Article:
Risotto is a classic Italian method of cooking rice that is under-used in this country. Although It is relatively simple to prepare, it requires a constant eye.
Risotto is made with a short-grain rice that is high in starch and has the ability to absorb a large amount of broth. When cooked it releases its starch and so is sticker than long-grain rice. The Italians have a few varieties of rice they use to make risotto including Baldo, Carnaroli, Maratelli, Padano, Roma and Vialone Nano, but Arborio is the most common variety found in the United States.
Arborio rice was originally grown around the town of Arborio, in the Po Valley, which runs from the western Alps to the Adriatic Sea not far from Milano. Today it is also cultivated in California and Texas.
One pound of Arborio rice can absorb about six cups of liquid. The Italians have three designations for grading rice -- superfino, semifino and fino -- based on the shape and size of the rice, not quality.
"The Silver Spoon," Italy's best-selling cookbook for more than 50 years, lists almost 30 recipes for risotto including, asparagus, caviar, eggplant, seafood, apple, blueberry and strawberry. Although the recipes vary, the actual process is always the same: toast the uncooked rice in a small amount of oil, then add hot stock a ladle full at a time, constantly stirring until done. There is no walking away from this recipe, but the results are worth the effort.
Risotto can be prepared plain and served as a side or mixed with a large variety of other ingredients to become the main course. The recipes presented here are standards, but feel free to experiment and come up with your own version. Consider ham, a seafood mix, corn, a mix of cheeses, squash, zucchini, spinach or other garden veg
The Italians like their risotto just like their pasta -- al dente (meaning "to the tooth" or offering a little resistance). Do not overcook risotto, let it be pleasantly firm.
1 cup Arborio rice
1 chopped onion
1 cup dry white wine
1 pound shrimp
1-2 tablespoons chopped cilantro
5 cups water
Butter as needed
Peel the shrimp and simmer the shells in 1 cup of water until reduced by half, strain and reserve the liquid. Sauté the onion in a little butter until translucent, then add the rice and toast for 3-4 minutes. Add the white wine and stir until absorbed. Add the shrimp stock to 5 cups of water, bring to a slow simmer and hold on the stove. Add 2 ladles of stock to the rice, stir constantly until the liquid is almost all gone then add another ladle of stock. Continue until the rice is creamy and smooth. This should take about 20 minutes.
The amount of stock required to insure the risotto is creamy and done varies, so you may have to add water to the shrimp stock.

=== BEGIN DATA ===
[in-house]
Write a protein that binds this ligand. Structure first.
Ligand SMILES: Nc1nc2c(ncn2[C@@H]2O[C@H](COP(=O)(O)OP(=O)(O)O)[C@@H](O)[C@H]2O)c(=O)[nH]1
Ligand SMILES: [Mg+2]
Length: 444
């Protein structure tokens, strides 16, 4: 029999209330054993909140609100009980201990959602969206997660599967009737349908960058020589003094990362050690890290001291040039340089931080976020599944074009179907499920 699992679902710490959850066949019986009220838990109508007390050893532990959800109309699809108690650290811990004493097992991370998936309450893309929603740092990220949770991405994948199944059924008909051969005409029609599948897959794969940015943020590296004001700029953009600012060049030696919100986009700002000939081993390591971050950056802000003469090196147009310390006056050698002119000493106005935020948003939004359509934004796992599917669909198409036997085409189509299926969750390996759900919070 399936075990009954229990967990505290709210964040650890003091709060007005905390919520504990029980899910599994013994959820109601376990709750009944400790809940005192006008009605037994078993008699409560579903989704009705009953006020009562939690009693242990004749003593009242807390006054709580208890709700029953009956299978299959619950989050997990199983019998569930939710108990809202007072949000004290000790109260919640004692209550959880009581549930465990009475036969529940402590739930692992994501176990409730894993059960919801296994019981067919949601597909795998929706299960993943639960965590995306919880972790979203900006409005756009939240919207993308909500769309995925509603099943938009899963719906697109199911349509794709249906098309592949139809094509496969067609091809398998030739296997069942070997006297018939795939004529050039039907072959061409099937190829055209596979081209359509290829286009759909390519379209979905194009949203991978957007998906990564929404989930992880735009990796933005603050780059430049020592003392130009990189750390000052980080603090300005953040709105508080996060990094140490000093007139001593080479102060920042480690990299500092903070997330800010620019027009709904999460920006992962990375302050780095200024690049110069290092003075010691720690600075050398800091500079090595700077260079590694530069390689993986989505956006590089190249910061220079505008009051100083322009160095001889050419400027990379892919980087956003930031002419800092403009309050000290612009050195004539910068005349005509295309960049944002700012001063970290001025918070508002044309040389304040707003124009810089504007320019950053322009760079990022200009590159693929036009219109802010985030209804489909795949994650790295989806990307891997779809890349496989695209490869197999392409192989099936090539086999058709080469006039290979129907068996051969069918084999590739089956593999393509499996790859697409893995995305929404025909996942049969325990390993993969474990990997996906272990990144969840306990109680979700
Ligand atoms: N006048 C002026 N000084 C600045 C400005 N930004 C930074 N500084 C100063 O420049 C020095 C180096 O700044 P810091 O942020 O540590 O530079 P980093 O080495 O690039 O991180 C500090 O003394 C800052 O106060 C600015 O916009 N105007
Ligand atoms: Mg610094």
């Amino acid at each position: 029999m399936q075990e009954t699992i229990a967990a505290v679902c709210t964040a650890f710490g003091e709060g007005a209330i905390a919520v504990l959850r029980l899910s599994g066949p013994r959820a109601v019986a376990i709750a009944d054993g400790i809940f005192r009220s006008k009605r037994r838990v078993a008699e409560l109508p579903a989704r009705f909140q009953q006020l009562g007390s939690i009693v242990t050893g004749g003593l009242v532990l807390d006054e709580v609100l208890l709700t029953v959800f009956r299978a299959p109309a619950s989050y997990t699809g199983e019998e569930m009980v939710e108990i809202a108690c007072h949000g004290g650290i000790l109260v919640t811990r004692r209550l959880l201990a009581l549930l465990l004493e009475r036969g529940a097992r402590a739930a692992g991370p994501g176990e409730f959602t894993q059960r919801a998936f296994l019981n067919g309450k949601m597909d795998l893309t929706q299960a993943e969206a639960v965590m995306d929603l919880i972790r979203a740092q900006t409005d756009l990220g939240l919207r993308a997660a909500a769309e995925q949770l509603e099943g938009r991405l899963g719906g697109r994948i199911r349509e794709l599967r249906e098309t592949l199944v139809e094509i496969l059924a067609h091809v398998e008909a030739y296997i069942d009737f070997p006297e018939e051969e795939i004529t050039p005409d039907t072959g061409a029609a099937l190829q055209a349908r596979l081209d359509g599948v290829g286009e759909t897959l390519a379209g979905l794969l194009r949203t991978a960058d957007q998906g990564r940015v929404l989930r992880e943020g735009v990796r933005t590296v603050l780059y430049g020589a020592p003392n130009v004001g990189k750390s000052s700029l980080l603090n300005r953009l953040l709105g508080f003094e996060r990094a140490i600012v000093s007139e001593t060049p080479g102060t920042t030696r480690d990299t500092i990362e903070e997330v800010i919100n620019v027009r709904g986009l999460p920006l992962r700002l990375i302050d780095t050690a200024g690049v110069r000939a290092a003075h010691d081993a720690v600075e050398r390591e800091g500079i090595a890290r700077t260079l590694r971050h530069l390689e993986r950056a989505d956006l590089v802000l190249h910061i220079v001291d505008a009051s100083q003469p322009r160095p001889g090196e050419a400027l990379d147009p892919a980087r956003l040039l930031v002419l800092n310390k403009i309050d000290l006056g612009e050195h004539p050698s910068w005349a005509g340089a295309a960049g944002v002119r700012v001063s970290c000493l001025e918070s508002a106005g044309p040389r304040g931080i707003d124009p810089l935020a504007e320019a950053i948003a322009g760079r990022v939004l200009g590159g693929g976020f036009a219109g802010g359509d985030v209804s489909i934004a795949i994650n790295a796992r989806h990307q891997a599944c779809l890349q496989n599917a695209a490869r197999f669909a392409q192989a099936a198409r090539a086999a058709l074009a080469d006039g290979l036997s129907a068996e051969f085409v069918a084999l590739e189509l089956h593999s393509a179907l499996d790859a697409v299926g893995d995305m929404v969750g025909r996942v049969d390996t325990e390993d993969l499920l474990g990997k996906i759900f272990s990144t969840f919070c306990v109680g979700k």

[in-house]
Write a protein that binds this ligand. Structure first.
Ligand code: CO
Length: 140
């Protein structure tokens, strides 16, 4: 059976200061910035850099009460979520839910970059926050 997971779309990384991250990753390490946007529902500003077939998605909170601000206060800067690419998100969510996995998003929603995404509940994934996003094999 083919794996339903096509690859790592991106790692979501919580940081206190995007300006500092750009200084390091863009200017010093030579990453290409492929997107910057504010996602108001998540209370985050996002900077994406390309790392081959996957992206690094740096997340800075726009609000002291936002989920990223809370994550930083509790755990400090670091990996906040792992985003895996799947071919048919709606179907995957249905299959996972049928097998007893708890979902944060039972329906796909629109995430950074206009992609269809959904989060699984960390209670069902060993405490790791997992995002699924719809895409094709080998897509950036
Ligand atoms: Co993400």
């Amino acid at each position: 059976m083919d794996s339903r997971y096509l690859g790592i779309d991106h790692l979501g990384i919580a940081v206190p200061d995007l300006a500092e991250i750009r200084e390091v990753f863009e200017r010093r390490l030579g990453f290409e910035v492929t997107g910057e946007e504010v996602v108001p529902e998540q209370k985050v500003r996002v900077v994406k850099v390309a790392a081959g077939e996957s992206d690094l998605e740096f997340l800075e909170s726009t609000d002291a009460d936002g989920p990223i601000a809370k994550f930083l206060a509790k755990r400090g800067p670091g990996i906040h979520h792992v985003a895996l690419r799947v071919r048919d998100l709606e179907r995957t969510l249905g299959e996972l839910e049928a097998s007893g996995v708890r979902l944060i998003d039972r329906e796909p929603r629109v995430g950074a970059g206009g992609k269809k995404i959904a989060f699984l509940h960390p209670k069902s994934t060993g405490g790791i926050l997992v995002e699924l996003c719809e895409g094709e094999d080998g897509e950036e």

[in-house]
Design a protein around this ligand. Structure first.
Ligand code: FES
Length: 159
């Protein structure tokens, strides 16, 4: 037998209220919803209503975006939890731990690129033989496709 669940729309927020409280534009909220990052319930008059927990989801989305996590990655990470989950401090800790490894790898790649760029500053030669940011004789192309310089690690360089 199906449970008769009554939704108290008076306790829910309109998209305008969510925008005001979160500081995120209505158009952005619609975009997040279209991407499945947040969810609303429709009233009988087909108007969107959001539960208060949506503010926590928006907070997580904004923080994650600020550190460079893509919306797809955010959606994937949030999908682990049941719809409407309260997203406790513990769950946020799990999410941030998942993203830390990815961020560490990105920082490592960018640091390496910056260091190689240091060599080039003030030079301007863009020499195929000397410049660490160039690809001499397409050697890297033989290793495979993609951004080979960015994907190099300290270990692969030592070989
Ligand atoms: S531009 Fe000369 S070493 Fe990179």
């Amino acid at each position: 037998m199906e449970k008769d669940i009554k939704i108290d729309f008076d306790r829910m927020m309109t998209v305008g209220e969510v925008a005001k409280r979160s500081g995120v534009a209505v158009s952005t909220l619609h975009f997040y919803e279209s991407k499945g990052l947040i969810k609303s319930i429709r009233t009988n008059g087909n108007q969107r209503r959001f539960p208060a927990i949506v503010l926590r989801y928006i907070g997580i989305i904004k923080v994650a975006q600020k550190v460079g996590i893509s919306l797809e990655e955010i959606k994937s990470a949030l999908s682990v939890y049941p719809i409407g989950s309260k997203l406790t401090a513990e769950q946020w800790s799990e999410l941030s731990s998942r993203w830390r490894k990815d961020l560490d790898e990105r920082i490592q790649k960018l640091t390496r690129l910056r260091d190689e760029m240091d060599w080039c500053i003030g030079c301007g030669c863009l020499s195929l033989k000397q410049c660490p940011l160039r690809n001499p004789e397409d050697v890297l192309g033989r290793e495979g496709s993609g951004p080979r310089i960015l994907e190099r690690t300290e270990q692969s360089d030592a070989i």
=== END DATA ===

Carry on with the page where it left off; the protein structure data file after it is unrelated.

Season the shrimp with black pepper, toss in a little olive oil and sauté quickly in a hot sauté pan with butter, about 1 minute on a side. When the rice is done add the shrimp, 2 tablespoons butter and the chopped cilantro, mix well.
Serve with a good Sauvignon Blanc.
Milanese means in the style of Milan, a city in northern Italy. Risotto is most often served as a primo or first course but if it is paired with ossobuco (ossobuco alla Milanese, braised veal shanks) then it becomes a main course. This is a hardy meal suited for a cold winter's night or a festive occasion.
MILANESE RISOTTO AND LEEK
1 cup Arborio rice
5 cups chicken stock
1 cup white wine
1 pinch saffron (optional, but very good)
1/3 pound diced bacon (optional)
2-3 toes garlic
Heat the stock and saffron in a sauce pan to a simmer. Slice the roots and tough green part of the leek and discard, and then chop the leek roughly. Wash thoroughly and drain. Sauté the bacon with a little olive oil until crispy, add the garlic and sauté 2 minutes more. Add the leek and sauté until tender, 3-4 minutes at the most. Add the rice and stir until well coated and starting to toast. Add the wine and simmer until it has been absorbed by the rice. Now begin adding the hot stock, a ladle at a time, stirring until almost completely absorbed before adding more. Do not try to rush the process; it will take about 20 minutes. When done add 2-3 tablespoons of butter and as much Parmigiano Reggiano as you like; stir and serve warm.
Garnish with basil leaves if you like and serve with a good Pinot Grigio.
This is another hearty recipe, but the key is to find really good Italian sausage. Check local butcher shops and find one that makes its own. A good locally made sausage is almost always better than one made by a national company.
RISOTTO AND SAUSAGE
1 cup risotto
5 cups chicken stock (homemade is always best)
1 cup red wine (good enough to drink)
1 large locally made Italian sausage
2 tablespoons butter
1 chopped onion
2-3 toes chopped garlic
Bring the stock to a slow simmer. Add the butter to a sauté pan, add the onion and sauté 3-4 minutes, then add the garlic and sauté for 2 minutes, crumble the sausage into the pan and cook for about 5 minutes. Add the rice, stir to coat well and sauté until starting to toast. Add the wine and cook until evaporated and then start ladling the stock into the pan, one ladle at a time, stirring until absorbed before adding the next.
When done add the cheese and stir well.
Serve with Chianti Classico.
Julian Glenn Brunt, who has been a Mississippi Gulf Coast resident for more than 20 years, has a deep and abiding interest in art, culture and the culinary heritage of the South. His column runs weekly in Taste.
You can contact him at firstname.lastname@example.org.